By Lonnie Wilkey
LAFAYETTE — Not every church gets the opportunity to help a church member celebrate a 100th birthday and concerns and restrictions caused by COVID-19 make it even harder, but First Baptist Church, Lafayette, found a way.
On Sunday, Sept. 6, about 20 church members gathered in their cars and drove to the home of Annette Cothron, a lifelong resident of Macon County and a member of First Baptist for 40 years, to wish her a happy birthday. Many stayed in their cars while others gathered on her lawn as she waved and greeted them from her porch.
Miss Annette, as she is known throughout the congregation, is an icon in Macon County.
“As her pastor, I stand in awe of her accomplishments,” said Tim Hickman, pastor of First Baptist. “She is an example to all for her unwavering faith, her undying devotion and her tenacious dedication to God and His people.”
Church member Rebecca Cutrell agreed. “Miss Annette is both a great follower and teacher and an inspiration to all generations at our church.”
Deacon George Tucker observed that “Miss Annette has led us in loving all. She makes sure that everyone knows that they are loved.”
A lifelong educator, Miss Annette served on the Governor’s Council for three terms as an education advisor and is a member of the Tennessee Teachers Hall of Fame. Not bad for a woman who was married at the age of 16 and had to drop out of high school to begin raising her family.
But she was determined to continue her education . “I studied and read books while I rocked my babies,” she said.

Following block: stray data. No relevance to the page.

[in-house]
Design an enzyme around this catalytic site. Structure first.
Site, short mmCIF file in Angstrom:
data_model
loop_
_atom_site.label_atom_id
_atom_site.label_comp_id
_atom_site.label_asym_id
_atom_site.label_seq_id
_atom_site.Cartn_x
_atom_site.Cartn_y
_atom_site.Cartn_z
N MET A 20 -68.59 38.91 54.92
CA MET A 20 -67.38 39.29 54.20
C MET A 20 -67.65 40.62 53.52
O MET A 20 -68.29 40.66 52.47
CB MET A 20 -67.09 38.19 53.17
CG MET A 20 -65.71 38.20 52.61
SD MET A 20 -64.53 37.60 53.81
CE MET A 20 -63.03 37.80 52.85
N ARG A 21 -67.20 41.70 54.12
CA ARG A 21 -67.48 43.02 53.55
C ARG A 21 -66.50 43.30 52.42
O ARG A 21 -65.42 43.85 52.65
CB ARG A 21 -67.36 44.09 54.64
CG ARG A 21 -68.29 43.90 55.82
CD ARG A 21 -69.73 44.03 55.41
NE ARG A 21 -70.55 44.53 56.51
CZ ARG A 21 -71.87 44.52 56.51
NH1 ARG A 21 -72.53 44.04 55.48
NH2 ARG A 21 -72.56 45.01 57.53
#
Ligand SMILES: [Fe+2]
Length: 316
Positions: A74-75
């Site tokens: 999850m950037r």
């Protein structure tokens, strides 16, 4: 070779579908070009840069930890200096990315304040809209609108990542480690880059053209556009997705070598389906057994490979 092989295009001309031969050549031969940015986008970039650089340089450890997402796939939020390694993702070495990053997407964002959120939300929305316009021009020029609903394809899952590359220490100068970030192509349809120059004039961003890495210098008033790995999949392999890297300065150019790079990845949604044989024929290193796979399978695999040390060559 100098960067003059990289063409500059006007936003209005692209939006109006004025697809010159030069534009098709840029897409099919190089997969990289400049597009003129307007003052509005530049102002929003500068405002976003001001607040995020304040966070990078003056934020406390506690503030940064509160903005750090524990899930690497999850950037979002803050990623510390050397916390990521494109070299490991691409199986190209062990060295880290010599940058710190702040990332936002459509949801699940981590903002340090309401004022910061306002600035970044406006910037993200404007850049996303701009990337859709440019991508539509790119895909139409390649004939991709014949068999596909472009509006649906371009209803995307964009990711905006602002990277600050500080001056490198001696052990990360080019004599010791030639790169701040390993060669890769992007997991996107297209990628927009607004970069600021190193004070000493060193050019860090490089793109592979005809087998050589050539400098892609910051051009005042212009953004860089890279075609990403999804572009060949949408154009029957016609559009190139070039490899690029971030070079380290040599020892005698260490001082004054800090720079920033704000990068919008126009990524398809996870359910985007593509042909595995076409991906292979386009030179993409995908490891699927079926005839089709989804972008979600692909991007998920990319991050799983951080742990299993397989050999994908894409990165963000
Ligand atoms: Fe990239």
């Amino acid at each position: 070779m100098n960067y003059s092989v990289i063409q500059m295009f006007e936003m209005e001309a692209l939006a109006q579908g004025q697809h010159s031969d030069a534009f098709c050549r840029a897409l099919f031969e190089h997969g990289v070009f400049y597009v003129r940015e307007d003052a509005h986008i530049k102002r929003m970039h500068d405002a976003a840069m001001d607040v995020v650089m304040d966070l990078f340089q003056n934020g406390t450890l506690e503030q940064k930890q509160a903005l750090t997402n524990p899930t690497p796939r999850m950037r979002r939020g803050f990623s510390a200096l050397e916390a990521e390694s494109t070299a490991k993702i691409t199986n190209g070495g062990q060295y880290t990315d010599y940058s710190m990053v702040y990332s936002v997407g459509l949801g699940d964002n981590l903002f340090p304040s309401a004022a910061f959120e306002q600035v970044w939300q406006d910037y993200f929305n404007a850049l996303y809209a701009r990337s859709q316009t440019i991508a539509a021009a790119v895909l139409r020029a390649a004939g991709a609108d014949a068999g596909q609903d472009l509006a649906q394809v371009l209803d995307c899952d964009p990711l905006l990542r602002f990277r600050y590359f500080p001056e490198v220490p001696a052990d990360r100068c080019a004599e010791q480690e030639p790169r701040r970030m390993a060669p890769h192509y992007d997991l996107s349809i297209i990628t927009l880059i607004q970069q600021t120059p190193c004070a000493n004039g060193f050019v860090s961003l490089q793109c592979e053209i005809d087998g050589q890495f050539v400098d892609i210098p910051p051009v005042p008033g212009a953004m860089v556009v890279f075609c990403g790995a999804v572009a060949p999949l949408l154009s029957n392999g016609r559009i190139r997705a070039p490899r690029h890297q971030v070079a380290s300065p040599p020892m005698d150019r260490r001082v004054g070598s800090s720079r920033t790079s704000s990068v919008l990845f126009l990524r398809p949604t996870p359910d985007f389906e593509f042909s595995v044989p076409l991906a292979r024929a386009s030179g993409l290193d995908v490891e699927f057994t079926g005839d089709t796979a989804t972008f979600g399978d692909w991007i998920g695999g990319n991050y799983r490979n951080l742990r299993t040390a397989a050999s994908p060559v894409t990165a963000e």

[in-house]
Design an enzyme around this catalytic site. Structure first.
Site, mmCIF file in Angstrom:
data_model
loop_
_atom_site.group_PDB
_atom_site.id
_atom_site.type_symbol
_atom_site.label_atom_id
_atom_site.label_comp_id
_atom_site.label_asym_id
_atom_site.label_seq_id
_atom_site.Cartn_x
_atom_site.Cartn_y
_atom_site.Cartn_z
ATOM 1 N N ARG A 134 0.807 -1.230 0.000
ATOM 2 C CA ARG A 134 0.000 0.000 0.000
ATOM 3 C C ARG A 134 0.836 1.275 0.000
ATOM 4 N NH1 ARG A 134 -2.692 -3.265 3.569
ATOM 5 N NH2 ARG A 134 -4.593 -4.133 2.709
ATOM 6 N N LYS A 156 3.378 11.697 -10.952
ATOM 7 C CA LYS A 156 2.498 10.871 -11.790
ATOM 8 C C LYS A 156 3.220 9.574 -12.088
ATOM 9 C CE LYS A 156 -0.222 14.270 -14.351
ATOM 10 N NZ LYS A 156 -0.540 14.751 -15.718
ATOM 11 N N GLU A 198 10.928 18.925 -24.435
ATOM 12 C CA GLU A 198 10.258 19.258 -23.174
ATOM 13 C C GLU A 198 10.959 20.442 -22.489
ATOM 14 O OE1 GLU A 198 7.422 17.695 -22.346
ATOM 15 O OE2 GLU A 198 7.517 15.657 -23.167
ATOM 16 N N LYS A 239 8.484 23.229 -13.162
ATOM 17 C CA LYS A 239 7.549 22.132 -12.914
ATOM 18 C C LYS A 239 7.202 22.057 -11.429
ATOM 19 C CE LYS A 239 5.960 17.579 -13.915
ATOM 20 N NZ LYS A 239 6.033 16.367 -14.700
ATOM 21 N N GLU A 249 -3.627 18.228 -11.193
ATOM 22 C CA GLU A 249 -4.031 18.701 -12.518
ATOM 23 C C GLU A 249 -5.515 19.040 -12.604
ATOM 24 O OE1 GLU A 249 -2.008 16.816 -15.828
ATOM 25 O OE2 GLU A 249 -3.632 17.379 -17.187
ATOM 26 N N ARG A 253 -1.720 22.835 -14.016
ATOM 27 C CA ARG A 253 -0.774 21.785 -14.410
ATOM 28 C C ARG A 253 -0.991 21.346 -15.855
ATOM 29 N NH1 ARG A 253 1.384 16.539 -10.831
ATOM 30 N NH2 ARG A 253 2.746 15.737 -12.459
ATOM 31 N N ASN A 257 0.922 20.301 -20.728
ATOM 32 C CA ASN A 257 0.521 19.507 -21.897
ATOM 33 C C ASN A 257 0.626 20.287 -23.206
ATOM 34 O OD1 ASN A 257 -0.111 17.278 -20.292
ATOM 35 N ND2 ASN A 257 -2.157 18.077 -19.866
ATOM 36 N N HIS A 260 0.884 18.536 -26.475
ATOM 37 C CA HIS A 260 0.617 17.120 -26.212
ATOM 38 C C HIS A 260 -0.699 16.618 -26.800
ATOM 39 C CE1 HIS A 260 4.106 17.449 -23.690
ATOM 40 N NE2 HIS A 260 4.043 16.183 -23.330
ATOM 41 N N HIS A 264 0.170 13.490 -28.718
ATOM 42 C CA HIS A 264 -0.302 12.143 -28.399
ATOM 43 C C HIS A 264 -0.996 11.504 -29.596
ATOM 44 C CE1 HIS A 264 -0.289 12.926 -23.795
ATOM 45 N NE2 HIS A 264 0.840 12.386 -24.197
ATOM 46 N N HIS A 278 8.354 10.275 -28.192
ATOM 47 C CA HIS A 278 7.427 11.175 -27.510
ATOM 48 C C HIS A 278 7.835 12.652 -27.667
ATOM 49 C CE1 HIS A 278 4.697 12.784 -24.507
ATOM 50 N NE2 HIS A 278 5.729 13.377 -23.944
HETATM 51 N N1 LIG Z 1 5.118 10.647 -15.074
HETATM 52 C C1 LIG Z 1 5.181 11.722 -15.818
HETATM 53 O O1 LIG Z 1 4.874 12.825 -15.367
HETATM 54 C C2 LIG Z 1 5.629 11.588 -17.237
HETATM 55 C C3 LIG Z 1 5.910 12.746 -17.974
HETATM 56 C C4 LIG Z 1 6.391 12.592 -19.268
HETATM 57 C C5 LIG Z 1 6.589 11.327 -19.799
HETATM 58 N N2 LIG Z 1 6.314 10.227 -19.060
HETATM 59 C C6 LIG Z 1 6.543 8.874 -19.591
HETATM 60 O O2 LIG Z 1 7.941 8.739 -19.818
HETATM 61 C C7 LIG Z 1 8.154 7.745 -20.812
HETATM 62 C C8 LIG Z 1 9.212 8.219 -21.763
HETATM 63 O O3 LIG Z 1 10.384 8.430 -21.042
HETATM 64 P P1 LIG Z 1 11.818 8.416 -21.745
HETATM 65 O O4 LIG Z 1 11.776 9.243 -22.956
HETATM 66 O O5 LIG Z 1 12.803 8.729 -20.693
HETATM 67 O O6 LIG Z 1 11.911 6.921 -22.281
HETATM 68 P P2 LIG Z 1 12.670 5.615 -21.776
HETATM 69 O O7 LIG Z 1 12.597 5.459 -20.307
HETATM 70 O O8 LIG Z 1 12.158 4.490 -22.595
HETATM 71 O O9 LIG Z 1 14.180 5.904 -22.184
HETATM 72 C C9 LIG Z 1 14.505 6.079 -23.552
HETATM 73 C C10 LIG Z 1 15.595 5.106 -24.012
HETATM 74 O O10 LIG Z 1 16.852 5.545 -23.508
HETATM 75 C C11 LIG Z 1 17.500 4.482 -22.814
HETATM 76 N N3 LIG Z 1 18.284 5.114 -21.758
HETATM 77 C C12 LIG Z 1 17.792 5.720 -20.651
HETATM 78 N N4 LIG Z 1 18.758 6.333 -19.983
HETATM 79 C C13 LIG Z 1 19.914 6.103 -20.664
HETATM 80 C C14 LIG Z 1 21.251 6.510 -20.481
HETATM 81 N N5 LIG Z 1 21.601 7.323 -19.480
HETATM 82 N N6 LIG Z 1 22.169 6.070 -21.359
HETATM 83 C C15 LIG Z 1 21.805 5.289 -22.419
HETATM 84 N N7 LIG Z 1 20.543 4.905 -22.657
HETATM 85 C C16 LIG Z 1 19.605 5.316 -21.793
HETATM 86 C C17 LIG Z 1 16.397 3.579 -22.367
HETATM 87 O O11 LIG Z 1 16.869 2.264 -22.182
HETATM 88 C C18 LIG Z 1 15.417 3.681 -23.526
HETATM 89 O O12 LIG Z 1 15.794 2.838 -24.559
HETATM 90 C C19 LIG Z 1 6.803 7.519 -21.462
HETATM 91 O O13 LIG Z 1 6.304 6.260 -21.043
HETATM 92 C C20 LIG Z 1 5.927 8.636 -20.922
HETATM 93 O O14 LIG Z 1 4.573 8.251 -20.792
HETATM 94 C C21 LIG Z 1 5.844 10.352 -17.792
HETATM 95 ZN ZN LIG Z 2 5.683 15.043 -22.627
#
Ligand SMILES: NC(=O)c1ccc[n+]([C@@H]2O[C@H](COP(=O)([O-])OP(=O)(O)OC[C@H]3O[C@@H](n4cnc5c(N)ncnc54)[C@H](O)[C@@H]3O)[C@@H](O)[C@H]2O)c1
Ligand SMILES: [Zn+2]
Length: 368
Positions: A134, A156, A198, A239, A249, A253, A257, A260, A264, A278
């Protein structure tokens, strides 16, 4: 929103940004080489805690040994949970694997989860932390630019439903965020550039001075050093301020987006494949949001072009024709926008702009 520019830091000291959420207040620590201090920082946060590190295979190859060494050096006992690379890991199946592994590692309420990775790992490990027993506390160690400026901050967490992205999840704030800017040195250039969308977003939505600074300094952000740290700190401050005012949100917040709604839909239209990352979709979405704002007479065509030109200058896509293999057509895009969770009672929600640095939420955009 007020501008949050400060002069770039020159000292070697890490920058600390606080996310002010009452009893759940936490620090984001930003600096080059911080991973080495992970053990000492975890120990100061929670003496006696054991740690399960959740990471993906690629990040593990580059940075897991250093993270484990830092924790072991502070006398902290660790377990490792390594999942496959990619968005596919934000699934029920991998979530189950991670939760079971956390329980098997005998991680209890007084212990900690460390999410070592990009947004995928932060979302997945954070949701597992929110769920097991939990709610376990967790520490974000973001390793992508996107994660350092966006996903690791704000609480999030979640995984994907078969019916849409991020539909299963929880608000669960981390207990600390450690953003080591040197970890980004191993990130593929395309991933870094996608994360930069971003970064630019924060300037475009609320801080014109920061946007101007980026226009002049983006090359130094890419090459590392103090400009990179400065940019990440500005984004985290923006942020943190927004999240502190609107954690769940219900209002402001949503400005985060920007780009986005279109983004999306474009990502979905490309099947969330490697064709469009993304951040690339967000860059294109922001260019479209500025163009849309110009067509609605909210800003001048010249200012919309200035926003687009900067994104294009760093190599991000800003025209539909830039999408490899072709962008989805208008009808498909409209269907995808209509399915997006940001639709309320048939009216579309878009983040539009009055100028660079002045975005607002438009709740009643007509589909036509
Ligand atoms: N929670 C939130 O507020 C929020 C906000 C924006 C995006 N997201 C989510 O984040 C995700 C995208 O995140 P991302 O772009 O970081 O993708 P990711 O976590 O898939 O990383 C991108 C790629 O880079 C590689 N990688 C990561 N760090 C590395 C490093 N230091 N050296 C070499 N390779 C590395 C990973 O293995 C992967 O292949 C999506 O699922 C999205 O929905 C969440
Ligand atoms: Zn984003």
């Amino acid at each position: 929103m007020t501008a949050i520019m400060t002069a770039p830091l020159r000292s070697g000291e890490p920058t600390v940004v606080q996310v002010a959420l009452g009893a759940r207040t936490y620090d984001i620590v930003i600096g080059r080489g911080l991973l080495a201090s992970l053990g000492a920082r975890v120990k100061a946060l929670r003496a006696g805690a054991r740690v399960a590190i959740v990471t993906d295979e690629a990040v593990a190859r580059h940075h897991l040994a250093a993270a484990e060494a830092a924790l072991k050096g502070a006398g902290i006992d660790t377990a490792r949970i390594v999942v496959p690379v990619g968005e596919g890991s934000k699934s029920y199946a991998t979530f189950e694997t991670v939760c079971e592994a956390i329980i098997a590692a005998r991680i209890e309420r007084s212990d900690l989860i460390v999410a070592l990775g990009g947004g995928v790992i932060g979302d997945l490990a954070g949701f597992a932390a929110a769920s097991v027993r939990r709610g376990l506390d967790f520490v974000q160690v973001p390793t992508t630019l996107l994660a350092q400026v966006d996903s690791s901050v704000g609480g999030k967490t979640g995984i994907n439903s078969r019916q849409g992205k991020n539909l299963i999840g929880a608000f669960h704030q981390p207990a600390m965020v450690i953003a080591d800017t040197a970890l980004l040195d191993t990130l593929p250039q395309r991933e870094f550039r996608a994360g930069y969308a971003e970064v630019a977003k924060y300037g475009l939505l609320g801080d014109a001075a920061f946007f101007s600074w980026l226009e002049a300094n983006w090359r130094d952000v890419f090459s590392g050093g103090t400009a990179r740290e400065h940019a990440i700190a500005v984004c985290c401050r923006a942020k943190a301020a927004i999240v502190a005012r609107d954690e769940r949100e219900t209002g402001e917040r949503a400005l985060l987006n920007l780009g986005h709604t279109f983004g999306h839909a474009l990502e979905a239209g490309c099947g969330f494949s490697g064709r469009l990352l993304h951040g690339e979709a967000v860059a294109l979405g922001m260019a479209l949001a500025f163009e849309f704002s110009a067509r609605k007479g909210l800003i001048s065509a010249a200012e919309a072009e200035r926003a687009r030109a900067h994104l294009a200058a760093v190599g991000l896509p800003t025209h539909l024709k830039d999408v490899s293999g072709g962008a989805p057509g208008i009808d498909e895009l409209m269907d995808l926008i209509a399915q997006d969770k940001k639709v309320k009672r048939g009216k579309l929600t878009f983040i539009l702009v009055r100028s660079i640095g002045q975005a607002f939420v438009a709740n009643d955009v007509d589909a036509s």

In 1945, wartime emergency summoned women to become substitute teachers and she began her teaching career before ever receiving her high school diploma. She later received the first GED in Macon County in 1947.
Miss Annette did not stop there. She began attending Middle Tennessee State University every summer, double majoring in English and education. She transferred to Peabody University, where she received her EDS and MA in special education in 1973.
She recalled that she drove more than 100 miles round trip during the summer to earn those degrees. Special education was her calling as one of her children, Carolyn, was a special needs child. Carolyn, now in her 70s, still lives with her mother in Lafayette.
When Carolyn was born, “my whole life changed,” Miss Annette recalled. Though she became a Christian at the age of 13, she learned then that “she needed the Lord” in a way she never had before. “Faith has brought me through many difficult times,” she affirmed.
Miss Annette said she realized there are “two ways to go when facing a hardship. They can be a burden or they can be a blessing. I chose blessing. And, Carolyn has been a blessing,” she affirmed.
During those years, Miss Annette became determined to change the way special education programs were viewed in the community. Though she is considered a pioneer in the field in Tennessee, she looks back realistically. “Nobody wanted the job and I had an incentive,” she said.
“I didn’t want to retire until every child was in the regular school system. I dreamed it would happen, but I had nothing to base that on but idealism. You have to dream and then work,” she said. And, she saw her dream realized when Macon County became the first county in Tennessee to mainstream special needs children in the schools.
She refuses to take all the credit. “You don’t do anything alone. I had the Lord’s help and the help of others.”
Miss Annette said she never dreamed she would live to age 100. “I was a workaholic,” she affirmed, laughing that she was told one time she would not live to age 50 because she was always working.
She credits her longevity to God, “If you put Him as number one in your life, He will be there for you.”
In addition, she has tried to live for the Lord. She taught Sunday School from the age of 15 to 95 (80 years), stopping only when the doctors suggested she stop following a heart attack at the age of 95.
Miss Annette is still going strong and though she does not leave her home very often, she still maintains a positive attitude. “Every day is a blessing,” she affirmed. B&R